One of the greatest trends of this millennium has been the so-called “raw” movement. With variation diets like caveman, Paleo, ancient, and vegan, the raw food craze has hit a fever pitch. But does this seemingly healthy way of eating benefit our health as much as it’s promoted?

Is Less More?

Raw can be great nutritionally, but several recent studies have shown that “all-raw” eaters may be shorting themselves on some key nutrients and antioxidants. Elements such as lycopene and carotenoids might be lacking when certain produce is not cooked.
The raw food folks counter with the claim that cooking destroys critical enzymes, vitamins, and minerals. So, what’s the best way to eat your fresh food? Cook it like a “civilized” human, or go all caveperson and eat it raw?

To Cook or Not to Cook?

Cooking most foods, be it a juicy grass-fed steak or a stalk of asparagus, can alter and diminish certain nutrients and enzymes.  Many vitamins, like Vitamin C and B-1, and some anti-cancer components, like glucosinolates, are indeed diminished when exposed to heat.
Since humans have evolved from hunter-gatherers, the raw promoters claim we’re designed and equipped to handle raw food and process it effectively.

Here are some benefits to eating raw foods:

  • Better digestion due to the concentration of enzymes
  • More vitamins and minerals are preserved in raw foods
  • Lower risks of certain cancers have been tied to raw food consumption

Now Let’s Cook!

There are certain risks involved with eating certain raw foods particularly proteins like meat, seafood and dairy, which can carry harmful and potentially deadly bacteria and parasites.
Proponents of cooking use the bacteria and parasite issue as one of the key arguments for cooking most foods, but everyone agrees that many fruits, vegetables, and nuts are perfectly fine eaten raw.
Cooking can aid in digestion, as it helps break down fibrous cell walls and makes foods easier to chew. Cooked food is also more palatable to many people, particularly the young and the aged. If it looks good, it’s more likely to be eaten, which is sometimes half the battle.

The Cooked and the Raw

With all the arguments pro and con, the choice is ultimately up to you and perhaps your nutritionist and doctor as to how much raw vs. cooked food you want to incorporate into your diet.  One thing that all health professionals agree upon is that we should all be eating more fruits and vegetables regardless as to how they are prepared. If you need some advice on which foods offer more benefits when cooked or raw, below are some guidelines.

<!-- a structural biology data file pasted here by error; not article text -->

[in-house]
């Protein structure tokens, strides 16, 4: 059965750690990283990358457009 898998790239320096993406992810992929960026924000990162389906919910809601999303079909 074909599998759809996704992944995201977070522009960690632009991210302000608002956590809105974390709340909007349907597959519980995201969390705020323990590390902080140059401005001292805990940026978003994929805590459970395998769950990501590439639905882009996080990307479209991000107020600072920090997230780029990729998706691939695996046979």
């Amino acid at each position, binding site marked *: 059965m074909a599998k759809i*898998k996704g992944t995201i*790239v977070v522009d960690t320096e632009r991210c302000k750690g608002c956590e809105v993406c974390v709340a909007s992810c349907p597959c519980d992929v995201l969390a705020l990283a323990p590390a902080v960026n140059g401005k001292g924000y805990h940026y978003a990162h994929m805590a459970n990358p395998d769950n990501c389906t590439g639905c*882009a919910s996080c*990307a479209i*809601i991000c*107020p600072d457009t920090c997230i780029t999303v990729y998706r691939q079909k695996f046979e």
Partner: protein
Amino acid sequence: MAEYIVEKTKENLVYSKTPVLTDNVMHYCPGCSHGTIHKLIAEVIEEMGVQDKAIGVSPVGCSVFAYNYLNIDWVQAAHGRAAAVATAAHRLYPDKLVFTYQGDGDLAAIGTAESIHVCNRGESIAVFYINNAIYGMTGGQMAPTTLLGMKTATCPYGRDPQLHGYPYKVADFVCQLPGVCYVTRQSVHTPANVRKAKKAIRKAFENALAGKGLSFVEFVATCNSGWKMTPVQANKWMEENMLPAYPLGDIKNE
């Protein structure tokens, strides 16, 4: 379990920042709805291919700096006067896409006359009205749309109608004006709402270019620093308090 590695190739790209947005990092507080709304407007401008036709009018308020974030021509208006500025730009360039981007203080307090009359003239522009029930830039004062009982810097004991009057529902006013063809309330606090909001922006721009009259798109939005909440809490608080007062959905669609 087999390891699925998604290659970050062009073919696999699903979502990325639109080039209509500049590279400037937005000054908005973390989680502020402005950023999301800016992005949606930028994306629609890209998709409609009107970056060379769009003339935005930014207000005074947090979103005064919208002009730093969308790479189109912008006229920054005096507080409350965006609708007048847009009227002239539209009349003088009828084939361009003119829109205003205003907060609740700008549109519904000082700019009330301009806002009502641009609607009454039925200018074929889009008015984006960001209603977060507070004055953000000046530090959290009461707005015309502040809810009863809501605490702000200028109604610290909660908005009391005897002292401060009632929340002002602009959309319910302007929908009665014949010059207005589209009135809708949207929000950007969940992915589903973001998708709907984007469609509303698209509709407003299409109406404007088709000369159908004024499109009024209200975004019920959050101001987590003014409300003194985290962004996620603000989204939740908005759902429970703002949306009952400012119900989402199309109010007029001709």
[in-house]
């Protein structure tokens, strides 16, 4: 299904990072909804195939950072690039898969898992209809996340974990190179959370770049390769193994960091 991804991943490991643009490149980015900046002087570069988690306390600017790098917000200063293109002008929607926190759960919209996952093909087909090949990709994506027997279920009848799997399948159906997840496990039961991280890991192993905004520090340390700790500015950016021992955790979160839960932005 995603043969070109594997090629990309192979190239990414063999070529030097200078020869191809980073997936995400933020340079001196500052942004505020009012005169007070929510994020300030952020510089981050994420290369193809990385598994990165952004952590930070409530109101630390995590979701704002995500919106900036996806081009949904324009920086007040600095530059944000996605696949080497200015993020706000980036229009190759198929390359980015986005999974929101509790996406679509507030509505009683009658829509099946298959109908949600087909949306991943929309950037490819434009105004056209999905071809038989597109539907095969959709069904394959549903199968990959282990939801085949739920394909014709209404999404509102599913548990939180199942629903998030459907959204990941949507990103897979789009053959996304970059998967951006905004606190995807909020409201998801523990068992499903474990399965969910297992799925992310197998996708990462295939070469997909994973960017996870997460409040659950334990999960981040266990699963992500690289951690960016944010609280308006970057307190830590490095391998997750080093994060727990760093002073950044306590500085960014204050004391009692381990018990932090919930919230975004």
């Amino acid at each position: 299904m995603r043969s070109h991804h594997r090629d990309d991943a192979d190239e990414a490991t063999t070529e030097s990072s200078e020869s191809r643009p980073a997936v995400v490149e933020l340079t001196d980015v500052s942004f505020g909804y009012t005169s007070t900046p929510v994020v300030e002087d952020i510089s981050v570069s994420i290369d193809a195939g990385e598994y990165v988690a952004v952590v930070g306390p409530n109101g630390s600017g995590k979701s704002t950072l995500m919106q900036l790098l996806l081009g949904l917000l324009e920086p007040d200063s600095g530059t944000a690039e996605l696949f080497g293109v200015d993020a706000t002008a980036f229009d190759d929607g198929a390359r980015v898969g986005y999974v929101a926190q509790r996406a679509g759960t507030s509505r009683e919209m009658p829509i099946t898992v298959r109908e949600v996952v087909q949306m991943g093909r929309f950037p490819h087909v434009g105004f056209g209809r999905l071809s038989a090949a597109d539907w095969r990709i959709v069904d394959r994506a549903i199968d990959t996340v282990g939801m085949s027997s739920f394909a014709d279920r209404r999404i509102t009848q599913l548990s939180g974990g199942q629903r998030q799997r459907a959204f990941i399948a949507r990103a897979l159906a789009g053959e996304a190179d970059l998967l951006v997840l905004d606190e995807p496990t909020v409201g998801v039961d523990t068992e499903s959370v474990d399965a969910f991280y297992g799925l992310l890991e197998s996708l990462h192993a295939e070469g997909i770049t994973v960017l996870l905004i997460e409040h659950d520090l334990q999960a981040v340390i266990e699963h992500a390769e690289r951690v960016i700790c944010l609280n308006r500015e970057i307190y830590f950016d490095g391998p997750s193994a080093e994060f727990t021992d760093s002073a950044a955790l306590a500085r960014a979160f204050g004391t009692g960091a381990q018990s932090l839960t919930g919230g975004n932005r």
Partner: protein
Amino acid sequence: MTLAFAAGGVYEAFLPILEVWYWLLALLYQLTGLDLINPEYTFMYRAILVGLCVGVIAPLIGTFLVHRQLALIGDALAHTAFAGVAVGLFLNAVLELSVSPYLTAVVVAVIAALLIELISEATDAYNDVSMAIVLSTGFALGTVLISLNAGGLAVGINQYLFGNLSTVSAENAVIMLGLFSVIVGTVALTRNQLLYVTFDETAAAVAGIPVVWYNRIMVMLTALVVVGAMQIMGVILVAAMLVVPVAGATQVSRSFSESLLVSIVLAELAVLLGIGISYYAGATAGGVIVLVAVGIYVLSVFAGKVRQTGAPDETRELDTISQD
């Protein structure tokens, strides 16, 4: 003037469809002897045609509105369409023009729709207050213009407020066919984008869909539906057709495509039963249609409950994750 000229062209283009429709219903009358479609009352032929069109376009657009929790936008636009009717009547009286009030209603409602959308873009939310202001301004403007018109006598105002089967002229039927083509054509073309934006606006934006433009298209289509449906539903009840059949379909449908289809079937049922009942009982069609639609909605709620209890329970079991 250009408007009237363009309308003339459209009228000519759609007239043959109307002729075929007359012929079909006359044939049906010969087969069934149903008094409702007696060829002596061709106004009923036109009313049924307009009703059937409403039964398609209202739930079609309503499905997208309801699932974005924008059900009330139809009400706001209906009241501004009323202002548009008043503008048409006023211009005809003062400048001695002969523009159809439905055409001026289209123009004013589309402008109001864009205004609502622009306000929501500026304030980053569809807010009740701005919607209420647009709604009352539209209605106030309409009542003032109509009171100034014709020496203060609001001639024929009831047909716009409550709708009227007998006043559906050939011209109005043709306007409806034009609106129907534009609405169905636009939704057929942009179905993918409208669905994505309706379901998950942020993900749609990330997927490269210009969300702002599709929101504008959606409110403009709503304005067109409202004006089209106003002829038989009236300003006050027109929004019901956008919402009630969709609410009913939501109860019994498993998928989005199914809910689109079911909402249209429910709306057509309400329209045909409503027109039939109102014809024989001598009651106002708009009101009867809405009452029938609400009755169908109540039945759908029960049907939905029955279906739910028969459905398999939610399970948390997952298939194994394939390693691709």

Foods that do well under heat:

  • Tomatoes – heat releases more lycopene; use them roasted or even in sauce
  • Carrots – cooking them makes the beta carotene more available
  • Asparagus – supplies more antioxidants when steamed or roasted
  • Spinach, mushrooms, peppers and cabbage all do well cooked

Foods that are most beneficial when consumed raw:

  • Cruciferous veggies like broccoli and cauliflower
  • Kale
  • Most leafy greens like lettuces, herbs, cabbage and watercress
  • Garlic
  • Carrots

Double Dipping

Aha! Carrots and cabbage are on both lists! Yes, it’s true—some vegetables and fruits offer benefits when consumed raw or cooked. It’s like the old saying: variety is indeed the spice of life. To get the most benefits of many foods, you should eat them in a variety of ways, sometimes cooked and sometimes raw. It can get confusing, but as long as you are eating more vegetables and fruits, don’t stress too much over the raw vs. cooked battle—just enjoy!

Digestion Suggestions

The following tips will help you stay safe and healthy as you go raw or stay away from the Neanderthals and continue to cook your food:

  • Always wash all produce thoroughly.
  • Buy local (and organic) when possible to maintain the nutrients.
  • Practice good food safety when dealing with raw meats and seafood.
  • Chew raw (and cooked) foods well; cut raw foods into smaller pieces.
  • Use low heat, steam, or oven roasting to maintain the most nutrients in your produce
  • Raw nuts are an excellent way to go raw safely, and they offer many healthy benefits beyond just being raw.
  • Frozen produce is an acceptable substitute when fresh is unavailable.

Whether you’re eating raw or cooked, best health practice is to know your food sources. Keeping organic is your best choice, and educating yourself on nutrition will always benefit you and your family. For other recommendations and tips on nutrition and health, check out